Riding Off-Grid




When I moved to Vancouver Island in 2009, finding like-minded “horse folks” to ride with was top priority. I wanted to be able to explore local rainforests and beaches on horseback. I found friends and a sense of community with the Comox Valley-based North Vancouver Island (NVI) chapter of the Back Country Horsemen Society of BC (BCHBC).

With 21 chapters and almost 900 members across the province, BCHBC offers a safe and friendly atmosphere for people of all ages and equine disciplines. This non-profit and volunteer-run organization focuses on horse and rider safety, environmental stewardship, trail building and maintenance, and fun … with and without our horses. There are more than 75 members of the NVI chapter, residing from Parksville to Port Alice and all points in-between. Additional Island chapters are located in Duncan (South VI), Nanaimo (Central VI), and Port Alberni (Alberni Valley).

Through the BCHBC network of people I’ve met, I have been privileged to ride well-maintained, multi-use recreational trails in more urban and rural settings on the Mid- to North-Island, as well as many areas that are truly off the grid. By far, my favourite place to explore has been the Salmon-Brewster Equine Campsites and the Trail Corridor Project, located in the Sayward Valley. These facilities were created by BCHBC-NVI and they were the most ambitious volunteer project ever undertaken by this chapter.

Located on Crown land, the Memekay Horse Camp Recreation Site, officially completed in 2012, is the largest of three equine camping areas. It boasts 12 campsites with adjacent horse corrals, manure containment areas, outhouses, picnic tables, fire rings, water cisterns (with non-potable water for horses only) and a large group shelter. It connects to the Brewster Lake Horse Camp via a 40-kilometre trail network called the Salmon Brewster Trail Corridor, which is marked with signage and flagging ribbons. This trail is recommended for intermediate- and advanced-level horses and riders.

Along the trail corridor is the more remote Pine Marten Recreation Site. Pine Marten has room for a couple of RVs with horse trailers. Amenities here include an outhouse, picnic table, fire ring, and a fenced area for horses. The northern half of the trail system winds through the grazing lease and pristine forest before emerging onto the old and long abandoned railway grades. It then continues through the rugged wilderness surrounding Brewster Lake, where the third campsite has four larger corrals, as well as space for a few RVs and horse trailers. All three campsites are off the grid, without cell service, electricity, or running water.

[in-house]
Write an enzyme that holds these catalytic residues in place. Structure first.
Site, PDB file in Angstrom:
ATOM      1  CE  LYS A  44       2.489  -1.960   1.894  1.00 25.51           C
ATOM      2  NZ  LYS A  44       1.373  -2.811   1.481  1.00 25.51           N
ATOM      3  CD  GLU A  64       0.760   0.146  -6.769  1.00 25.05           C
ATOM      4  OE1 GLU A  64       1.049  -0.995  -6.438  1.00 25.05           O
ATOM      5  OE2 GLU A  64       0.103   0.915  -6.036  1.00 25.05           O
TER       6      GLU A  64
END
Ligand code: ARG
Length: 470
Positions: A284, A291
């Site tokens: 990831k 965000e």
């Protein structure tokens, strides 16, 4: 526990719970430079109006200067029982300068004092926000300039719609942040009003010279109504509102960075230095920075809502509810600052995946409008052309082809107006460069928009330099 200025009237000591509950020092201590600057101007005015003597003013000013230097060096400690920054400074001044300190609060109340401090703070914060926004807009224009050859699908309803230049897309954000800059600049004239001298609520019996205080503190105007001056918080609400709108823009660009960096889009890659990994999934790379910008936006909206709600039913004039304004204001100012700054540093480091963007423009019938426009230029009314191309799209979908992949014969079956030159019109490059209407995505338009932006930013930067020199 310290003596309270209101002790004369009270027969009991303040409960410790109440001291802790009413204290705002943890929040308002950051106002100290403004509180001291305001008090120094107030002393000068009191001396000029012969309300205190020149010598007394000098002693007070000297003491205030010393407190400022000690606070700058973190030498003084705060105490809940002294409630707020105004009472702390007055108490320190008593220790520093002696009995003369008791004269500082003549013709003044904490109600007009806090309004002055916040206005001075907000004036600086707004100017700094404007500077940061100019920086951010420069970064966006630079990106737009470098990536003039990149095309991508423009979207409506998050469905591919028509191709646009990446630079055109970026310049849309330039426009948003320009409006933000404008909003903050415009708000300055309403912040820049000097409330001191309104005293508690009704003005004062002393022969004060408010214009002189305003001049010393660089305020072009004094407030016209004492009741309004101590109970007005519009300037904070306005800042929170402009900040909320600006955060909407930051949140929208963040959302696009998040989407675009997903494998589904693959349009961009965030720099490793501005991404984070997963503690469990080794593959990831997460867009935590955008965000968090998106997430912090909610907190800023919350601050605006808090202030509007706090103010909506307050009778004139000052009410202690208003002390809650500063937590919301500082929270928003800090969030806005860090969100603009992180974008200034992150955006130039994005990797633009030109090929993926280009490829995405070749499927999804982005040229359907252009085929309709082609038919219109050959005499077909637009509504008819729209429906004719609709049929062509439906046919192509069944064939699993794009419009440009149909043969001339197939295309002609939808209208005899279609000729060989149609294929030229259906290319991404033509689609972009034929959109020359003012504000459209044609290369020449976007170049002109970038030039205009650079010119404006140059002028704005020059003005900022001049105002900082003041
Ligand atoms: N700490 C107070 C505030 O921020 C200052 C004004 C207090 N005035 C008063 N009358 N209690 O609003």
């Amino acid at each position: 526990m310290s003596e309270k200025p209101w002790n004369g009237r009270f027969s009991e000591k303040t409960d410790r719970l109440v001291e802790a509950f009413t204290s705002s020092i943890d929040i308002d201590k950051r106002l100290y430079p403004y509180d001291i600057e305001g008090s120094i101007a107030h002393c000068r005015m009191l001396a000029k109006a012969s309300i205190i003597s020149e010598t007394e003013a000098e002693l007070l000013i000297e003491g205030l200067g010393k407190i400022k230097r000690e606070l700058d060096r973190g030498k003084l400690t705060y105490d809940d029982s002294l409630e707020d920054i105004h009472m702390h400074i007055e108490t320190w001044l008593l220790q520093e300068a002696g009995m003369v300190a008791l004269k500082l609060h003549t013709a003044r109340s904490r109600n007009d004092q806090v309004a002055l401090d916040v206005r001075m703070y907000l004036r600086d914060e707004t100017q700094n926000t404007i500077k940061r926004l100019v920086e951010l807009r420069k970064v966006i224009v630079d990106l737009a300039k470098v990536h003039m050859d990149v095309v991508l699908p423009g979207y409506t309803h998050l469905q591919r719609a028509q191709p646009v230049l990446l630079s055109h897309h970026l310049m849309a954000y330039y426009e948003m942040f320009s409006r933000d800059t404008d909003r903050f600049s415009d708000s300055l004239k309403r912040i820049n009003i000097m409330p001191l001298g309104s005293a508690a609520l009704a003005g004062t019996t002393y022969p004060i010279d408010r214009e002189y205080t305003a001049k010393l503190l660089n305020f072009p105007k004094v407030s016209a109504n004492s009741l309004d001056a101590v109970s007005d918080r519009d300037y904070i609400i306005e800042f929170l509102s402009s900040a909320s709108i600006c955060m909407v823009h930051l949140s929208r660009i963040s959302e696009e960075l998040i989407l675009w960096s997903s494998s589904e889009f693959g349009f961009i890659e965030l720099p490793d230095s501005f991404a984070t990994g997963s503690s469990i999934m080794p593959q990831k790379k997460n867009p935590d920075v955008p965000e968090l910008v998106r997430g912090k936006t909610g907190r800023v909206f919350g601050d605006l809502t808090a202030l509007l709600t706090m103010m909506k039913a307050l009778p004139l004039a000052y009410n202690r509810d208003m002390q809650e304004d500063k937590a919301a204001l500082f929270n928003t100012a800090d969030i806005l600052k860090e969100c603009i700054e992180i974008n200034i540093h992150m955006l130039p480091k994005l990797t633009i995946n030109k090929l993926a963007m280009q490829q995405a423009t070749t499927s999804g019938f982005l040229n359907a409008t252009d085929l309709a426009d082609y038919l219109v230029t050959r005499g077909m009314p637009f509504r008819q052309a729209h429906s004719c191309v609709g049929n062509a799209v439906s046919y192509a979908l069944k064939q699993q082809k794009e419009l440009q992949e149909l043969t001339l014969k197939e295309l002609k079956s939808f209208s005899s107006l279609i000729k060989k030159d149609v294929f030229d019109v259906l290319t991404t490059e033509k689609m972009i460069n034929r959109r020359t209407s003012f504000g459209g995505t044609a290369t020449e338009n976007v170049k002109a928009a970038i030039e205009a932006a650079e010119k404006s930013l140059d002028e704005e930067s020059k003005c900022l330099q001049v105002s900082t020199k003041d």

The idea for the creation of this ambitious project was conceived about 15 years ago. In 2009, a commitment was made by BCHBC-NVI to proceed with development, in collaboration with Recreation Sites and Trails BC. As well, financial and in-kind support came from many community stakeholders such as Horse Council BC, Strathcona Regional District, and Island Coastal Economic Trust to name a few.

These facilities are a testament to the spirit of community engagement. The Memekay Horse Camp was the first equine-friendly public recreation campsite on Vancouver Island Crown-owned land. The Salmon-Brewster Trail was the first registered trail designated for all to enjoy. If this story has piqued your interest in camping or hiking here, be aware! The drive to all three campsites involves travelling along many kilometres of winding gravel logging roads in a working forest. Expect to encounter logging trucks on the roads.

BCHBC’s NVI chapter has a long-term partnership agreement to help maintain the three equine campsites and the connecting trail network, and they rely on fundraising and donations to support their efforts. They welcome new members and, in doing so, support these and other trail projects. They also welcome donations.

For more information on camping at and/or supporting these equine-focused recreation areas, email contactVInorth@bchorsemen.org.
Learn more about BCHBC at BCHorsemen.org.